My commute from the far reaches of Alameda County gives me plenty of time to collect my thoughts on any given day, for any given subject. A lot of times, I use it to plan what I’m going to write about in the Sports Lounge.
Considering how the pandemic has affected my everyday work life, I’ve had think pretty hard to find ideas to fill out this space twice a week.
Today’s musing: has anyone else noticed how the nomenclature surrounding sports has changed? It’s been magnified during the shelter-in-place orders that have locked down greater Bay Area and the state for the most of three months, but there is a very fine line being drawn to describe what kind of activities high school athletes and coaches are allowed to perform.
Terms such as “practice” and “working out” have been further broken down to differentiate one activity from another. When I was growing up, “practice” was anything done with a coach and your teammates. “Working out” was going into the weight room and pushing iron, or, it was another term for “practice.”
Now, “practicing” has been further delineated to “conditioning,” which is then followed by “sports-specific training.” What the schools in the San Mateo Union High School District started doing Monday, was conditioning work. You know, all those exercises people hate: pushups, situps, planks, etc. “Conditioning” and “training” are often interchangeable, but it means the same thing.
“This is what we’d be doing (conditioning) before spring ball,” said Jeff Scheller, San Mateo football coach as he watched the first session of conditioning drills Monday.
Once conditioning/training is done, during normal times, coaches and teams would transition into sport-specific exercises, which consists of working on movements and drill that are used in any given sport.
“Sports-specific training” is closely related to “practice,” the period of time when teams are working on plays, tactics and strategies to prepare for the next opponent.
When it comes to “working out,” to avoid any confusion, that term has morphed into “lifting” to describe weight-lifting exercises, while “working out” can refer to practice, conditioning or weight lifting. A lot of off-season lifting is done during the summer time, especially for football teams.
So a player or coach’s schedule the summer could look something like this:
10-11 a.m.: conditioning
11 a.m.-1 p.m.: lifting
4-6 p.m.: practice
“In the summer, it’s all three: football (practice), running (conditioning) and lifting,” Scheller said.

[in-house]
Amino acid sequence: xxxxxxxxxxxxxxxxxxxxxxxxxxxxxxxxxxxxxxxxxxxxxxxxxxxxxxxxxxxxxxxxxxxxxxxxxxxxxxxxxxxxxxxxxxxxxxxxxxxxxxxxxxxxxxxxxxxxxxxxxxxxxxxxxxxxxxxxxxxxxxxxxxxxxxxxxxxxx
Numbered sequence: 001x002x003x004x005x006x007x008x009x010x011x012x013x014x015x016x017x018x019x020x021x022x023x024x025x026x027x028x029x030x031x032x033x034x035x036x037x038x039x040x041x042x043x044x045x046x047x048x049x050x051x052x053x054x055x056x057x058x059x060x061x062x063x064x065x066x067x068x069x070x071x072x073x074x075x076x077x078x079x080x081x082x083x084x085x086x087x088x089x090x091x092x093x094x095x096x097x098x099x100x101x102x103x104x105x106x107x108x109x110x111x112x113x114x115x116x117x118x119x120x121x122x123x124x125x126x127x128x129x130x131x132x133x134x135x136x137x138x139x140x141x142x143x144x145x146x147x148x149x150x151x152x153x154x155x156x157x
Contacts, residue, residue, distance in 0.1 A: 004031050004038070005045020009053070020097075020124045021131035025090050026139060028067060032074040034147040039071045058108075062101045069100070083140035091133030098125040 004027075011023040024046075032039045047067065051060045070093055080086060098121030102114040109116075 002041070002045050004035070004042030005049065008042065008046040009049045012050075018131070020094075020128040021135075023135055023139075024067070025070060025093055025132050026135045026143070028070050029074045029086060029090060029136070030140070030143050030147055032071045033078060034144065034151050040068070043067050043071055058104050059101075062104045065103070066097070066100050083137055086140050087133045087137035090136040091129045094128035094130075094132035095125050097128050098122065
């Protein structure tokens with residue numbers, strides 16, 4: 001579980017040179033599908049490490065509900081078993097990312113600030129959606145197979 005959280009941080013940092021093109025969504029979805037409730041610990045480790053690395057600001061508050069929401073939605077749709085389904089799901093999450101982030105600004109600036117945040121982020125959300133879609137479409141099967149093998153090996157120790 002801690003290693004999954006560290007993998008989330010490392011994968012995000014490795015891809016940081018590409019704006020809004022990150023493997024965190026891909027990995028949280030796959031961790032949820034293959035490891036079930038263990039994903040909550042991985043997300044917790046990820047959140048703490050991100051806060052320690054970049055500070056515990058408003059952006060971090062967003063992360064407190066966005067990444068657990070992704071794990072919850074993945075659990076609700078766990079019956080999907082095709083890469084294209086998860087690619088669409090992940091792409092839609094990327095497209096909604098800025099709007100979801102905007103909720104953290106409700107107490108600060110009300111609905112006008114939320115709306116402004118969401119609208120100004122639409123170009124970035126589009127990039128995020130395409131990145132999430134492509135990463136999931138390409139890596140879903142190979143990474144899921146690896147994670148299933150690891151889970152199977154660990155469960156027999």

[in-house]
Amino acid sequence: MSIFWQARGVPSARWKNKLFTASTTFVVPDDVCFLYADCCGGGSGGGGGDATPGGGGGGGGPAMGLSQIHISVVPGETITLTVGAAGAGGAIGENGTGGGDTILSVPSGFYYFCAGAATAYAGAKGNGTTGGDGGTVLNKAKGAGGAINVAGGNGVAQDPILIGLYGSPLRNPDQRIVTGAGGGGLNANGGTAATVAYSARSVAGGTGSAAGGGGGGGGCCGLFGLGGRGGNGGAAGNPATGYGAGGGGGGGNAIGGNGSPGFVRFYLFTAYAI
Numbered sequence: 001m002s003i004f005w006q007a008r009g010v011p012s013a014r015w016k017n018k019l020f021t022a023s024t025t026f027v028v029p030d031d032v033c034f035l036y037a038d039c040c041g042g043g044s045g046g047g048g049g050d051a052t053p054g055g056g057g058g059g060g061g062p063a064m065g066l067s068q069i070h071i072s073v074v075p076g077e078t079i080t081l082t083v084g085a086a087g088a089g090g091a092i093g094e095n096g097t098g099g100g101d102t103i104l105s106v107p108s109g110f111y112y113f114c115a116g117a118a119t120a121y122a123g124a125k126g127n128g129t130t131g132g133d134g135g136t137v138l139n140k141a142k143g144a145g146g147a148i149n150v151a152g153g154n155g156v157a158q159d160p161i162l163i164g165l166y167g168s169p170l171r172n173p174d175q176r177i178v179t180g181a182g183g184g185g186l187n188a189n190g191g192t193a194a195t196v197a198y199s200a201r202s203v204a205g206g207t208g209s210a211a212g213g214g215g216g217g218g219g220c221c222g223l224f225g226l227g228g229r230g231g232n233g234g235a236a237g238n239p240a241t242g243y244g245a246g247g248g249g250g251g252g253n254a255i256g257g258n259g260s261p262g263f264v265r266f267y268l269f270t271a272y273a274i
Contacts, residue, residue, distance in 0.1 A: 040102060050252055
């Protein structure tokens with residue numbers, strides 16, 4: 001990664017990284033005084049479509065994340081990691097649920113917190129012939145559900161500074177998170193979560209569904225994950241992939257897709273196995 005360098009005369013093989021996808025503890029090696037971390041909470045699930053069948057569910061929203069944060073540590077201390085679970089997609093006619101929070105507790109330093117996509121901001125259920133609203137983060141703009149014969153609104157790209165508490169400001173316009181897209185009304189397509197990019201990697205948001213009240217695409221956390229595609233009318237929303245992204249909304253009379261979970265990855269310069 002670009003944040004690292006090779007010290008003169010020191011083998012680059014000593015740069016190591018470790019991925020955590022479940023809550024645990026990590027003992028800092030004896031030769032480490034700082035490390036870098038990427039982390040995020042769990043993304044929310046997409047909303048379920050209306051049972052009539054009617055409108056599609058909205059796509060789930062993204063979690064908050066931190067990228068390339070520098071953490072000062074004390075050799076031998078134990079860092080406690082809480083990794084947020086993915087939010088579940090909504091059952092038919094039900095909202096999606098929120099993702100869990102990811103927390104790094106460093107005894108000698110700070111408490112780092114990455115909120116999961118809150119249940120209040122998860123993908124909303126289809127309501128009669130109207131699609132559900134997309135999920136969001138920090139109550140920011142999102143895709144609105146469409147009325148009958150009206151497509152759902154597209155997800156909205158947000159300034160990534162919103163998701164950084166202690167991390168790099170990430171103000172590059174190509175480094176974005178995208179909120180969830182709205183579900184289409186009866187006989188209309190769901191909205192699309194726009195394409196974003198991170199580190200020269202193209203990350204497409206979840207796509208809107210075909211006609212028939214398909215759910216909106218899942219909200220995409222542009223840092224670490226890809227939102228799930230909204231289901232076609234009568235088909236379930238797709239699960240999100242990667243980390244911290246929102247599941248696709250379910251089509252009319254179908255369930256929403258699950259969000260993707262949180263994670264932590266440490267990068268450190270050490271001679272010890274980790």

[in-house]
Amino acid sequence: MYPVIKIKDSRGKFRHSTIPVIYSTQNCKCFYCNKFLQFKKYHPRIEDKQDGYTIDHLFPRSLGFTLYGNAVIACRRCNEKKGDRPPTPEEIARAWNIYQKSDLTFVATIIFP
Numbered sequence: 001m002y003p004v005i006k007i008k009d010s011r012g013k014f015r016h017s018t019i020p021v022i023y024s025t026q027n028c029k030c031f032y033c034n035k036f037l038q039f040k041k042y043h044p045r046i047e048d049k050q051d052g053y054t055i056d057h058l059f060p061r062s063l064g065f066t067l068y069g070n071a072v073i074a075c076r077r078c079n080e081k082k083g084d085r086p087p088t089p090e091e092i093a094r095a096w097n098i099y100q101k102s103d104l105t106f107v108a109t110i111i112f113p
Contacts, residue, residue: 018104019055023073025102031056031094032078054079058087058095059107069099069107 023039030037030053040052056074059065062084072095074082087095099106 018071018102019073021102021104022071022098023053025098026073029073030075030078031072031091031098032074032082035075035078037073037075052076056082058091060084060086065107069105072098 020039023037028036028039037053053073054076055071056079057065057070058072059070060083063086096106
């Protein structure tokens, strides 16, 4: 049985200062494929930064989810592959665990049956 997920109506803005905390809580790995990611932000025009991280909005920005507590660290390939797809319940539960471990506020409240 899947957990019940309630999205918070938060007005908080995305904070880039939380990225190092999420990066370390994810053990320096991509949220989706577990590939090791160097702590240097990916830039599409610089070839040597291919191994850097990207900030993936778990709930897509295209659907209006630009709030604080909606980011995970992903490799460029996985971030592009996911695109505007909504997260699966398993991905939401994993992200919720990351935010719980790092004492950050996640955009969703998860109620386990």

Some of the changing terms has to do with rules put in place by the Central Coast Section, which limits how much work a student-athlete can put in during the week. When “practice” means one thing and “training” means another, coaches try their best to adhere to the rules, doing so with a wink and a smile.
While the SMUHSD has cautiously allowed high school athletes to begin training with teammates and coaches starting this week, the other districts that compete in the Peninsula Athletic League are close behind — with one eye on what’s happening in the San Mateo district, and one eye on their own.
Melissa Schmidt, Sequoia High athletic director and the de facto point person for her district’s schools, said the plan that the four schools in the Sequoia Union High School District came up with was presented to district officials Wednesday night.
“I think it’s being done as an informational item,” Schmidt said. “We’re still hoping for a Monday (opening), or looking to open as soon as possible, as soon as questions (from the district) can be answered.”
Schmidt said she has been in contact with athletic directors at Half Moon Bay and Terra Nova, who told her their plans were being discussed in their respective districts, as well.
Schmidt said the plan being presented is very similar to the model the San Mateo district adopted. But in the Sequoia district’s case, there were concerns about who would be administering the pre-training, COVID-19-related safety protocol athletes would need to go through before participating.
Schmidt said the Sequoia district, which uses certified athletic trainers from Stanford Children’s Hospital, are working with those trainers to be on site to help with the health checks. Their availability, however, may affect the amount of time on the field.
“We may not be able to be out there five days a week,” Schmidt said.
One day. Three days. Five days. It doesn’t really matter at this point. All those involved simply want to get back outside and run around with friends, teammates and coaches. All while administrators make sure they’re doing it as cautiously and safely as possible.
“Our whole thing has been — don’t screw this up,” Schmidt said. “If you screw this up now, we have no credibility moving forward.”
Nathan Mollat can be reached by email: email@example.com or by phone: 344-5200 ext. 117.